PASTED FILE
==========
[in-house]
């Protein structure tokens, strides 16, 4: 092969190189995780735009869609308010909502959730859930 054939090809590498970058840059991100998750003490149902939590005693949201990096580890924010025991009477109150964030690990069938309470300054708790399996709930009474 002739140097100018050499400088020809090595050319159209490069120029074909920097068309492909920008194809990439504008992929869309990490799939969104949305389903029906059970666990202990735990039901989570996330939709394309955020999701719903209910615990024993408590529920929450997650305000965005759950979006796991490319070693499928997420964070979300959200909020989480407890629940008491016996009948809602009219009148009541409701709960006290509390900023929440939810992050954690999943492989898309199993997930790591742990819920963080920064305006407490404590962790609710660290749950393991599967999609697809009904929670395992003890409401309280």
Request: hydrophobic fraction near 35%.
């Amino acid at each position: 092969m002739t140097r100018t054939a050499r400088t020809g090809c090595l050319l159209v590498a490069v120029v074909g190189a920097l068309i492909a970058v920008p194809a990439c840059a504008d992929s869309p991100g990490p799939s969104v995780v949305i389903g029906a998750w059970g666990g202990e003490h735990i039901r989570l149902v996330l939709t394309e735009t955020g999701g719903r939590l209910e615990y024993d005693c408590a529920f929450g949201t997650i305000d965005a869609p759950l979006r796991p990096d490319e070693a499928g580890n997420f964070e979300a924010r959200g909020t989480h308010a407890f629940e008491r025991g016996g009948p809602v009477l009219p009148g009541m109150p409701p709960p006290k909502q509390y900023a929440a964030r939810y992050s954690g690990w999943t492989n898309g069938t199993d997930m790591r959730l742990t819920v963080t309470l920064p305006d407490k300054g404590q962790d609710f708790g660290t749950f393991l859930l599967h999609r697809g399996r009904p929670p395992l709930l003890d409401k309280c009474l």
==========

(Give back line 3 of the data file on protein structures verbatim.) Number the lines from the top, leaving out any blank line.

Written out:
Request: hydrophobic fraction near 35%.